If I rated the level of anxious thoughts rattling around in my head on an average day, it would be a 1, minor annoyance, occasional twinge. ( I'm comparing them to the ten point pain scale.) In the weeks after my husband's cancer diagnosis it skyrocketed to 7, difficult to concentrate, couldn't sleep. I would have called that level torment.
|Worry Score level 9 - panicked, frozen|
Recent what-ifs sounded like this:
1. What if my alarm doesn’t go off?
2. If I don’t take a sleep-aid I’ll never get to sleep. (So I took one, and slept well until 3:15 then woke up every 30 minutes until the alarm DID go off.)
3. 6:30 a.m., ten minutes before the bus is due, I am waiting. Should I have checked the website a fifth time in case they have posted an updated list of which juror numbers must attend?
4. I am wearing white pants, I’d better take a plastic bag to sit on the bus bench.
5. I wonder: Will the bus be on time? At 6:40 a.m. I consider it might have been early and I missed it. Or, perhaps I’m confused and I should be at the bus stop across the street going the other direction? So I holler across the street at the man waiting in that bus stop and double check which direction he is headed. My bus arrives at 6:43. But the driver is new. She might drive too slowly.
6. I have to transfer buses, and then walk to the courthouse. What if I am late? Will some official scold me? I prepare an answer in my head. And rehearse it.
7. I take a photo of the security line inside of the courthouse to prove I arrived at 7:50 a.m. in case said official does demand an explanation for my tardiness.
8. I get through security and join two or three hundred other people assembled for the session. Do I have to go to the restroom? What if I miss something important? I wait.
9. Will my phone battery last for the day? I put it on airplane mode. I don’t use it.
10. After a welcome and pep talk by a judge we watch a high-school type civics video about our duty. Then we are told to please remain in our seats until our numbers are called, but I can’t wait. I join twenty other women in line outside of the restroom. When I am two people away from the front of the line we hear the announcement from the auditorium to take our seats. The woman ahead of me expresses her panic which I share. “I can’t wait!” The official voice assures us she will recall any numbers who have not responded at the end of her list.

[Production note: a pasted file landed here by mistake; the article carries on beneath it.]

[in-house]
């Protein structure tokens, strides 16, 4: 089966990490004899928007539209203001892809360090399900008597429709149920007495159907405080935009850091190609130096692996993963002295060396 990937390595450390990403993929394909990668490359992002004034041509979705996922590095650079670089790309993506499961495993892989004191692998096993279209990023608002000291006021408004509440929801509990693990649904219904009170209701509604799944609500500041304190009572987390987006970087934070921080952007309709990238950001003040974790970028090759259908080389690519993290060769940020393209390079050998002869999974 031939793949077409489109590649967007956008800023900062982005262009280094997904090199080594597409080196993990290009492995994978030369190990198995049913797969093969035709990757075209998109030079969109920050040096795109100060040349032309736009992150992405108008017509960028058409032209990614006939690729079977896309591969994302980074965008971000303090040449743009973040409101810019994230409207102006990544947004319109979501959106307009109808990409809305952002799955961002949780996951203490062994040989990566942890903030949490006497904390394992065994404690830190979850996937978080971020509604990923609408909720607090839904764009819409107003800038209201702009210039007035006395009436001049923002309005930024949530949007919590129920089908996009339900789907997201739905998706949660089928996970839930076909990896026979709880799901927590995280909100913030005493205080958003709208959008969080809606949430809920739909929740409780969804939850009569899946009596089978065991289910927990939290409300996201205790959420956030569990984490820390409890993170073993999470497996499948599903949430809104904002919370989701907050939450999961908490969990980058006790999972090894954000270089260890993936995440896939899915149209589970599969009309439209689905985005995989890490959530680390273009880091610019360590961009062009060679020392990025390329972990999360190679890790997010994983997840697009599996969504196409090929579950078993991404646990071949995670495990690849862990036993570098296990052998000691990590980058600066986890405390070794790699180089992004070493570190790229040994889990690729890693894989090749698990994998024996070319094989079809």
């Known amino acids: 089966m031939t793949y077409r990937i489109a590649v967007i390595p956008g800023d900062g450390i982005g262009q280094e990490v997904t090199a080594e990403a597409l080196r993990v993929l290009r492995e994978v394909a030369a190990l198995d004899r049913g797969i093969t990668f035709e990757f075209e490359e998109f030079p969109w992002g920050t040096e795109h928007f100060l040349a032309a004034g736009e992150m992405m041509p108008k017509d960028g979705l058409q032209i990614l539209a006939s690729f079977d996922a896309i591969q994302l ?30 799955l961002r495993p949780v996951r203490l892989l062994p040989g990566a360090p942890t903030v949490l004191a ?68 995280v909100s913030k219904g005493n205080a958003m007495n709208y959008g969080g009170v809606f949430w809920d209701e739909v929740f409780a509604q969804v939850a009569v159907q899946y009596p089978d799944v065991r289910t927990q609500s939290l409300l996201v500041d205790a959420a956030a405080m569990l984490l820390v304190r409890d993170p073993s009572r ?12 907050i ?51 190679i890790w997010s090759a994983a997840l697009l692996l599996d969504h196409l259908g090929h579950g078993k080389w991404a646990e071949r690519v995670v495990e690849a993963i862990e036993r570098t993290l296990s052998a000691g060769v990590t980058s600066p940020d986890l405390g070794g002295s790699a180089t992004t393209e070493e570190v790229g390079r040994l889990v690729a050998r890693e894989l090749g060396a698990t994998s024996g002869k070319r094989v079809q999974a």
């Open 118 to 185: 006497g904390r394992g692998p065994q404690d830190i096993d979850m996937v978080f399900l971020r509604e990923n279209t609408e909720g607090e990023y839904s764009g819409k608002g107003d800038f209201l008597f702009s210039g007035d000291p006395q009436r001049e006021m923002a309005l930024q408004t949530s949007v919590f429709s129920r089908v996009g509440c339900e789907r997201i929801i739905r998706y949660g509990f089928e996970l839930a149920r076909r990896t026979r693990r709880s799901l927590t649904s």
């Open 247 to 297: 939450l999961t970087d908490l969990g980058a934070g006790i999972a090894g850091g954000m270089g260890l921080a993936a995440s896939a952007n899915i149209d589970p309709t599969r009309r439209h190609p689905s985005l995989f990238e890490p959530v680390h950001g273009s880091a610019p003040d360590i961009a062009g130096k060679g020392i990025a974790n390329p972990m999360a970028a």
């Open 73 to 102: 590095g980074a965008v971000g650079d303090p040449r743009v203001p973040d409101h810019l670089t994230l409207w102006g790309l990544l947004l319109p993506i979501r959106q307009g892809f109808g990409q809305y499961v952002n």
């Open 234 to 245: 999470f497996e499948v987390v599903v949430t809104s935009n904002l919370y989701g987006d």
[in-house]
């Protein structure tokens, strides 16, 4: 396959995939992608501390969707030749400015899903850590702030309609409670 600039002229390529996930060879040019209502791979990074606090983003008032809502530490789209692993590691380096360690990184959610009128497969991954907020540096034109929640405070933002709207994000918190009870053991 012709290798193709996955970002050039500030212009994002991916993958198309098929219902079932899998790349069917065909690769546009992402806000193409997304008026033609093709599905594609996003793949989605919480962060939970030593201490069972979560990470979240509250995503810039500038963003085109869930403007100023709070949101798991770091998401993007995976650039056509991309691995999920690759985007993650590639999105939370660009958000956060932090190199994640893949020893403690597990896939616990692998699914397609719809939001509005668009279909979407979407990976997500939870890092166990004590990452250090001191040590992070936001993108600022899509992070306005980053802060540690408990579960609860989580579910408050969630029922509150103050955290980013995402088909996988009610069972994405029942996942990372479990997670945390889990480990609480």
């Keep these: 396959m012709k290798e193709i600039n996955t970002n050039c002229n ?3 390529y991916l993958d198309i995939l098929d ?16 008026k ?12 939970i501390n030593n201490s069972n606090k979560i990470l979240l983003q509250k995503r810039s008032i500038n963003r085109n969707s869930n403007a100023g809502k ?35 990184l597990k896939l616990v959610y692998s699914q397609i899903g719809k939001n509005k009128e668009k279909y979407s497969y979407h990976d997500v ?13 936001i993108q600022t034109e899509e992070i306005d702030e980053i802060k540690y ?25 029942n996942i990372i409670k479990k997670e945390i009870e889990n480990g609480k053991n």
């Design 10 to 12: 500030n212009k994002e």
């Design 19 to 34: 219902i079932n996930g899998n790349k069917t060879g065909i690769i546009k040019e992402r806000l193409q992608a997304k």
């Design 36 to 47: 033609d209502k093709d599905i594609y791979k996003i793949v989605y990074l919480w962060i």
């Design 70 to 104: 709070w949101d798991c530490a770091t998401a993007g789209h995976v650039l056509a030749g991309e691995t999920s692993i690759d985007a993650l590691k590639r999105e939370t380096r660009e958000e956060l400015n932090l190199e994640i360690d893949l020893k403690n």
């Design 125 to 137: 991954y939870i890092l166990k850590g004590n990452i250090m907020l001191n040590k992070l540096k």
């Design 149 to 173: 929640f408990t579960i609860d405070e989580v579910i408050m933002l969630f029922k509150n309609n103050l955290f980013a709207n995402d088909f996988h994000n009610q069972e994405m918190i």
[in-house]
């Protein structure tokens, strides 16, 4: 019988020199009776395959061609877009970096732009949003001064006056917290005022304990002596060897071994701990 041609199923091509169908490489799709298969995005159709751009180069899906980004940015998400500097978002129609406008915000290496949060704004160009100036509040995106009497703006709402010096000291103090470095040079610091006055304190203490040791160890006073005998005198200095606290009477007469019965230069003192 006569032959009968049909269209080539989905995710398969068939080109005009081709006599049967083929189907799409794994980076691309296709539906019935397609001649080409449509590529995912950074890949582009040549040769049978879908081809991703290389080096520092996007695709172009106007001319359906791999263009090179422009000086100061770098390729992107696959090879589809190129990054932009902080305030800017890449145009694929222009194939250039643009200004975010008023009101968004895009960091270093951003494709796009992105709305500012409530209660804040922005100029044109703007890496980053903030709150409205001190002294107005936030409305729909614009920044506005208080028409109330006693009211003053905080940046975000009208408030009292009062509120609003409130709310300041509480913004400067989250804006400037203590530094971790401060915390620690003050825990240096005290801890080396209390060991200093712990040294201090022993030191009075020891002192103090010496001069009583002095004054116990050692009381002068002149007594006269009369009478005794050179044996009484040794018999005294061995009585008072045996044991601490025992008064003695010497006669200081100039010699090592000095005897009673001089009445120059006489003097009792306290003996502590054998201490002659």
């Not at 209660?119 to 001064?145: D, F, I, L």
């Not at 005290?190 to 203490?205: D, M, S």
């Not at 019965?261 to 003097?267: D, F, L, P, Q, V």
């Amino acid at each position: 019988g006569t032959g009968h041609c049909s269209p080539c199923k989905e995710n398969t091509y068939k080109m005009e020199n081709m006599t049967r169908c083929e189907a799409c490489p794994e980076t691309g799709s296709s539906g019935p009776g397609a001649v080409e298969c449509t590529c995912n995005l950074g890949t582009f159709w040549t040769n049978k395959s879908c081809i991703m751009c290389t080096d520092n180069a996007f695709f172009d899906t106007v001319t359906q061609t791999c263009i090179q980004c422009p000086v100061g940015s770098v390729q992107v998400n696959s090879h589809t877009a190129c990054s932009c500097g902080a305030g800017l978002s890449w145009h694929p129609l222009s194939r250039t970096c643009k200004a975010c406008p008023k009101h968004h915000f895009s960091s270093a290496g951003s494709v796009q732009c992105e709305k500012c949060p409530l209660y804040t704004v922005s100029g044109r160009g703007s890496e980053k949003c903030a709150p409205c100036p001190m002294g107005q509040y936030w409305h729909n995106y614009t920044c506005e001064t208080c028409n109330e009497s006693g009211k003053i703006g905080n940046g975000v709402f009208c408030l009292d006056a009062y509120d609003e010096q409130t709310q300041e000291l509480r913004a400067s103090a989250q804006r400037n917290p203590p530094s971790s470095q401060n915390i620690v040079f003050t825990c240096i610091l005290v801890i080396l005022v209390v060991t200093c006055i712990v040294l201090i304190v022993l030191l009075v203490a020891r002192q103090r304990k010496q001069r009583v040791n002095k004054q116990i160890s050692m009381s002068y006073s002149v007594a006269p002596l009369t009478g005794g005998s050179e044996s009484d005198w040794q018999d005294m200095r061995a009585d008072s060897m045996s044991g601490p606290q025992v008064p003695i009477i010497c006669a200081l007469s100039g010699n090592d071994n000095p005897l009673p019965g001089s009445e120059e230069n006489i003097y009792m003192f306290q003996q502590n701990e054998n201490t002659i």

11. I dig through my bag for my jury summons. I clutch it because I don’t think I can remember those four digits in the right order. I repeat them to myself over and over, “5510, 5510, 5510” while she calls numbers.
12. What if I get on a long trial? I will have to cancel tutoring on Tuesday, Willow childcare on Wednesday, no music group on Thursday. I try to stop the catastrophizing.
13. When called, my group of potential jurors is at least forty people. Is this a felony case, requiring a jury of twelve? That could go on all week! But we are dismissed.
14. I check my watch. I have an hour until my return bus. So I piddle around while I walk the eight blocks to the first bus stop. I’m unsure I read the schedule correctly. I take the first bus. I get off and walk to my transfer stop. I sit on the second bench. I check my phone (no longer in airplane mode) and I’m pretty sure I have misread the schedule. I could have caught the right bus if I had not been leisurely.
15. Now I will sit on the shady bench and hope no driver in the very close and fast traffic does not veer off the road and kill or maim me. I cannot decide which is worse.
16. When the bus comes I double check with the driver that he is going all of the way to my stop. Assured, I get on and finally quit worrying.
Whew! Sixteen distinct points of worry. I think that makes me more than a worrywart, more than a fussbudget, probably a basket case. Maybe a level six. But I did not hyperventilate or cry at any time, so I should get by without meds.
But only during the day. Still need them at night.
Can anybody relate? Let me know so I can take solace in a sisterhood of angst.